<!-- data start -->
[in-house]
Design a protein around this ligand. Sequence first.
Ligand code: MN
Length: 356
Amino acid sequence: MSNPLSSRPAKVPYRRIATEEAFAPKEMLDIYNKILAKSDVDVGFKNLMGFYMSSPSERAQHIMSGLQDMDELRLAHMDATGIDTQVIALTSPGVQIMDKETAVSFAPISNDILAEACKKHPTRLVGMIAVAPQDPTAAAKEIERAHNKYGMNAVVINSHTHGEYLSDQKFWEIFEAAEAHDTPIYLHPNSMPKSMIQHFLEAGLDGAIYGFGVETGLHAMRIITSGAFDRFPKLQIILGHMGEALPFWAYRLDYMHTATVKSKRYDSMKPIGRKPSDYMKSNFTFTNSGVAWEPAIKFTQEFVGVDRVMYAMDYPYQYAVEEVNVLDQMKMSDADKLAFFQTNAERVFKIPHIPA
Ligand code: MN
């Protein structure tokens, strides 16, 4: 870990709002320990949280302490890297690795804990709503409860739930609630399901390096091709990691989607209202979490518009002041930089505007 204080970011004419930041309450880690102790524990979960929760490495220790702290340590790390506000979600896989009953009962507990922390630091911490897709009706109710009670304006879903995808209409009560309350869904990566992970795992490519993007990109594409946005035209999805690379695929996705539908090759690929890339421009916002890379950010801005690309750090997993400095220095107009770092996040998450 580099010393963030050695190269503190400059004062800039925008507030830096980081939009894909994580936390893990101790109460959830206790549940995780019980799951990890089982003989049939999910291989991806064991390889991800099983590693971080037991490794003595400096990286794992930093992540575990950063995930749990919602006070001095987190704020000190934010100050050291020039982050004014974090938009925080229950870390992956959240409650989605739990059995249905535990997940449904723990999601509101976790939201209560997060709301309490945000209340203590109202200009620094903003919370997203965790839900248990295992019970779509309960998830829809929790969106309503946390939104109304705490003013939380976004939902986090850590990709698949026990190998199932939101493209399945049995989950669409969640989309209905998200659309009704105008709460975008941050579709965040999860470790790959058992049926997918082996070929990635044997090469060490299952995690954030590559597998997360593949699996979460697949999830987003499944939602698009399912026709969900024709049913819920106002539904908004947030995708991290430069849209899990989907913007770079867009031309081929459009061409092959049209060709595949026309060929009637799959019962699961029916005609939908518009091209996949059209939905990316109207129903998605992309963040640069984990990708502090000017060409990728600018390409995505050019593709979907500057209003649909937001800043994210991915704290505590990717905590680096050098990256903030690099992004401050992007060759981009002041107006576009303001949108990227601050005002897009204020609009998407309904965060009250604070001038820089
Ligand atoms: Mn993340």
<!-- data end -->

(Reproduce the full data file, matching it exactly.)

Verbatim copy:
[in-house]
Design a protein around this ligand. Sequence first.
Ligand code: MN
Length: 356
Amino acid sequence: MSNPLSSRPAKVPYRRIATEEAFAPKEMLDIYNKILAKSDVDVGFKNLMGFYMSSPSERAQHIMSGLQDMDELRLAHMDATGIDTQVIALTSPGVQIMDKETAVSFAPISNDILAEACKKHPTRLVGMIAVAPQDPTAAAKEIERAHNKYGMNAVVINSHTHGEYLSDQKFWEIFEAAEAHDTPIYLHPNSMPKSMIQHFLEAGLDGAIYGFGVETGLHAMRIITSGAFDRFPKLQIILGHMGEALPFWAYRLDYMHTATVKSKRYDSMKPIGRKPSDYMKSNFTFTNSGVAWEPAIKFTQEFVGVDRVMYAMDYPYQYAVEEVNVLDQMKMSDADKLAFFQTNAERVFKIPHIPA
Ligand code: MN
């Protein structure tokens, strides 16, 4: 870990709002320990949280302490890297690795804990709503409860739930609630399901390096091709990691989607209202979490518009002041930089505007 204080970011004419930041309450880690102790524990979960929760490495220790702290340590790390506000979600896989009953009962507990922390630091911490897709009706109710009670304006879903995808209409009560309350869904990566992970795992490519993007990109594409946005035209999805690379695929996705539908090759690929890339421009916002890379950010801005690309750090997993400095220095107009770092996040998450 580099010393963030050695190269503190400059004062800039925008507030830096980081939009894909994580936390893990101790109460959830206790549940995780019980799951990890089982003989049939999910291989991806064991390889991800099983590693971080037991490794003595400096990286794992930093992540575990950063995930749990919602006070001095987190704020000190934010100050050291020039982050004014974090938009925080229950870390992956959240409650989605739990059995249905535990997940449904723990999601509101976790939201209560997060709301309490945000209340203590109202200009620094903003919370997203965790839900248990295992019970779509309960998830829809929790969106309503946390939104109304705490003013939380976004939902986090850590990709698949026990190998199932939101493209399945049995989950669409969640989309209905998200659309009704105008709460975008941050579709965040999860470790790959058992049926997918082996070929990635044997090469060490299952995690954030590559597998997360593949699996979460697949999830987003499944939602698009399912026709969900024709049913819920106002539904908004947030995708991290430069849209899990989907913007770079867009031309081929459009061409092959049209060709595949026309060929009637799959019962699961029916005609939908518009091209996949059209939905990316109207129903998605992309963040640069984990990708502090000017060409990728600018390409995505050019593709979907500057209003649909937001800043994210991915704290505590990717905590680096050098990256903030690099992004401050992007060759981009002041107006576009303001949108990227601050005002897009204020609009998407309904965060009250604070001038820089
Ligand atoms: Mn993340």